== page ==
Fast Facts

Lead in drinking water comes primarily from corrosion of service lines that connect the water main to a building. The total number of lead service lines in the United States is unknown.

Through our statistical analysis of 4 water systems' geospatial lead data and U.S. Census data, we found that areas with older housing and vulnerable populations were more likely to have lead service lines. Many water systems face challenges identifying high-risk areas for required testing. The EPA has not updated guidance for identifying these areas since 1991.

We made 4 recommendations, including that the EPA develop new guidance for water systems.

Typical location of a water main, service line, and other pipes that deliver drinking water to homes

Diagram showing how water lines connect to a home.

Skip to Highlights
Highlights

What GAO Found

GAO's statistical analysis indicates that areas with older housing and vulnerable populations (e.g., families in poverty) have higher concentrations of lead service lines in the selected cities GAO examined. By using geospatial lead service line data from the selected water systems and geospatial data from the U.S. Census Bureau's American Community Survey (ACS), GAO identified characteristics of neighborhoods with higher concentrations of lead service lines. The Environmental Protection Agency's (EPA) guidance for water systems on how to identify the location of sites at high-risk of having lead service lines has not been updated since 1991 and many water systems face challenges identifying areas at risk of having lead service lines. By developing guidance for water systems that outlines methods for identifying high-risk locations using publicly available data, EPA could better ensure that public water systems test water samples from locations at greater risk of having lead service lines and identify areas with vulnerable populations to focus lead service line replacement efforts. (See figure for common sources of lead in home drinking water.)

Common Sources of Lead in Drinking Water within Homes and Residences

Common Sources of Lead in Drinking Water within Homes and Residences

EPA has taken some actions to address the Water Infrastructure Improvements for the Nation (WIIN) Act requirement, which include developing a strategic plan regarding lead in public water systems. However, EPA's published plan did not satisfy the statutory requirement that the agency's strategic plan address targeted outreach, education, technical assistance, and risk communication undertaken by EPA, states, and public water systems. For example, the plan does not discuss public education, technical assistance or risk communication. Instead, EPA's plan focused solely on how to notify households when EPA learns of certain exceedances of lead in their drinking water. Moreover, EPA's plan is not consistent with leading practices for strategic planning. For example, EPA's plan does not set a mission statement or define long-term goals. Developing a strategic plan that meets the statutory requirement and fully reflects leading practices for strategic planning would give EPA greater assurance that it has effectively planned for how it will communicate the risks of lead in drinking water to the public.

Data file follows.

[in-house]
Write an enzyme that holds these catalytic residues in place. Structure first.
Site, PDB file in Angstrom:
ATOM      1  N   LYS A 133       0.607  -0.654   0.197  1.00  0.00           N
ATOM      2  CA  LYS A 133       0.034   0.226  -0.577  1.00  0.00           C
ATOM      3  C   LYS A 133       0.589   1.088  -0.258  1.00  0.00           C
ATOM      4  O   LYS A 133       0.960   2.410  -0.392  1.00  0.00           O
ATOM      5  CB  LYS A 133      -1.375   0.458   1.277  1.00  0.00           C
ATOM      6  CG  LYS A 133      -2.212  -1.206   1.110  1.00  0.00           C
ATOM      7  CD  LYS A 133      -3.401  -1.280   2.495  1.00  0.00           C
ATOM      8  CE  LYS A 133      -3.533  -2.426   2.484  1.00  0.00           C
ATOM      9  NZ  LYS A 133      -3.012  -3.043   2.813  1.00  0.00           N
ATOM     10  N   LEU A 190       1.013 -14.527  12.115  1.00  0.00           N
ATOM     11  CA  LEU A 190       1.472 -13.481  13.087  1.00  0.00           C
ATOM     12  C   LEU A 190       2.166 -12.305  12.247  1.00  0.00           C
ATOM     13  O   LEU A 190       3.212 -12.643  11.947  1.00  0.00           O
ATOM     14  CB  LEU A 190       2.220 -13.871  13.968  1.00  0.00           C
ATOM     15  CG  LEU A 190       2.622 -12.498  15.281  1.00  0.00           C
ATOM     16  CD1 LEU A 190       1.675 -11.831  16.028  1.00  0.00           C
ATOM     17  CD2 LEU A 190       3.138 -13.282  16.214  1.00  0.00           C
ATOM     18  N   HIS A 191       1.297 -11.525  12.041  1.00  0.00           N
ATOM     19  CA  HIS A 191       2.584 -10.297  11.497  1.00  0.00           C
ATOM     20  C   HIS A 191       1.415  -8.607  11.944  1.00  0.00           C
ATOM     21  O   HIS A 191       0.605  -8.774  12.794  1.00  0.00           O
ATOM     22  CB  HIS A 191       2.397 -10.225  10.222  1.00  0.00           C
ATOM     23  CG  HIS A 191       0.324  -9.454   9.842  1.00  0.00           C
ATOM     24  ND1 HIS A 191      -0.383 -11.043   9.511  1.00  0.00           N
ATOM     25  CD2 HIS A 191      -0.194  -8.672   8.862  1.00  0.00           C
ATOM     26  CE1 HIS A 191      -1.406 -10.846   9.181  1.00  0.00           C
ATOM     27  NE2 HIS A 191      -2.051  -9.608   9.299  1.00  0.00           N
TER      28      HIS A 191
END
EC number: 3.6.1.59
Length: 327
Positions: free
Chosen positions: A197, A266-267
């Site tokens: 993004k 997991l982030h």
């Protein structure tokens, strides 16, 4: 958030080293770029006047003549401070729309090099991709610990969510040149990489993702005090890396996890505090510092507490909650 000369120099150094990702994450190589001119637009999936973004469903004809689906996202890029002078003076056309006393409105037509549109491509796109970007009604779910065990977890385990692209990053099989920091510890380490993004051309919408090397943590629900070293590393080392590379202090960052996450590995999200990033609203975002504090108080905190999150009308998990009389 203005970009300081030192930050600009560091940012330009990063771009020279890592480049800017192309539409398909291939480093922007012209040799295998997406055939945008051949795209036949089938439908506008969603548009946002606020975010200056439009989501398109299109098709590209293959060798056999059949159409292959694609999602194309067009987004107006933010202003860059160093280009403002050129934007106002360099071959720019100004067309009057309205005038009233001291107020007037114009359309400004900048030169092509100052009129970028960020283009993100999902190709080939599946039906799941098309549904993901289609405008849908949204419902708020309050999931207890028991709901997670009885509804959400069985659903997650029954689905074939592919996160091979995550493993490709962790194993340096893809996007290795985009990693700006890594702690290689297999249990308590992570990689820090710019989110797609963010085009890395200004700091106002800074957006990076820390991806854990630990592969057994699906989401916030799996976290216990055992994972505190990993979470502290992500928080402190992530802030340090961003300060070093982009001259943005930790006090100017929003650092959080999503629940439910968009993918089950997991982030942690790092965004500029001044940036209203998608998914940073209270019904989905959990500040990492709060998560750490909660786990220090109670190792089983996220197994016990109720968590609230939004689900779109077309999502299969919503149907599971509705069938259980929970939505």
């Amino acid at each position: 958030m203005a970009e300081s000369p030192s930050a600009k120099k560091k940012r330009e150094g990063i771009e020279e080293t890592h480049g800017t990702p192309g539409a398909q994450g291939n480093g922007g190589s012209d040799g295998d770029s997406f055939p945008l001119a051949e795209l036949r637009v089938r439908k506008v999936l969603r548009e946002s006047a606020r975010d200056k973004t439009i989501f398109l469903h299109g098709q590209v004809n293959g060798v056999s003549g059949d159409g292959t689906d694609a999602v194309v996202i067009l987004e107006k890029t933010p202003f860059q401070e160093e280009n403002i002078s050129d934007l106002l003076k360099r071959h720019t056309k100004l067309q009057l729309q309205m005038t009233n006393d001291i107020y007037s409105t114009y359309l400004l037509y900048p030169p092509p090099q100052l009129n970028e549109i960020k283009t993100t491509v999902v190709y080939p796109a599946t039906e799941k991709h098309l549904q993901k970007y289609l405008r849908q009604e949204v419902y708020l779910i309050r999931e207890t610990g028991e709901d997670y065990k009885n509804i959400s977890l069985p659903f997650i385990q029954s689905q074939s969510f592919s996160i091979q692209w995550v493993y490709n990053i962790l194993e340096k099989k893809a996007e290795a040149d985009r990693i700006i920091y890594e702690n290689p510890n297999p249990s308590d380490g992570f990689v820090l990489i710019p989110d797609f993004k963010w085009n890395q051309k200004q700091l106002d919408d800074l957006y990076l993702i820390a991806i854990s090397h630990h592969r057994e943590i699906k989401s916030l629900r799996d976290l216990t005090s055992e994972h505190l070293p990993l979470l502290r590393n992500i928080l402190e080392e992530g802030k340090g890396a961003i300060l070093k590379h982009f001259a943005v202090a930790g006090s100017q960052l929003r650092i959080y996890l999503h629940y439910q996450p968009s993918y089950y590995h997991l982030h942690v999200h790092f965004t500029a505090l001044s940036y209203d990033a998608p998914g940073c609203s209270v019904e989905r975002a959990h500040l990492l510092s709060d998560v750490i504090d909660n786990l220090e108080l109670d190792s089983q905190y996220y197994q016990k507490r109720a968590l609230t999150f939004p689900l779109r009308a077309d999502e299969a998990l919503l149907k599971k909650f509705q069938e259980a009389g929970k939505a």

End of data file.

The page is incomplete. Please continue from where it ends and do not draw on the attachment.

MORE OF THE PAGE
Why GAO Did This Study

Lead in drinking water comes primarily from corrosion of service lines connecting the water main to a house or building, pipes inside a building, or plumbing fixtures. As GAO reported in September 2018, the total number of lead service lines in drinking water systems is unknown, and less than 20 of the 100 largest water systems have such data publicly available.

GAO was asked to examine the actions EPA and water systems are taking to educate the public on the risks of lead in drinking water. This report examines, among other things: (1) the extent to which neighborhood data on cities served by lead service lines can be used to focus lead reduction efforts; and (2) actions EPA has taken to address WIIN Act requirements, and EPA's risk communication documents.

GAO conducted a statistical analysis combining geospatial lead service line and ACS data to identify characteristics of selected communities; reviewed legal requirements and EPA documents; and interviewed EPA officials.

Skip to Recommendations

Recommendations

GAO is making four recommendations, including that EPA develop (1) guidance for water systems on lead reduction efforts, and (2) a strategic plan that meets the WIIN Act requirement. EPA agreed with one recommendation and disagreed with the others. GAO continues to believe the recommendations are warranted, as discussed in the report.

Recommendations for Executive Action

Agency Affected Recommendation Status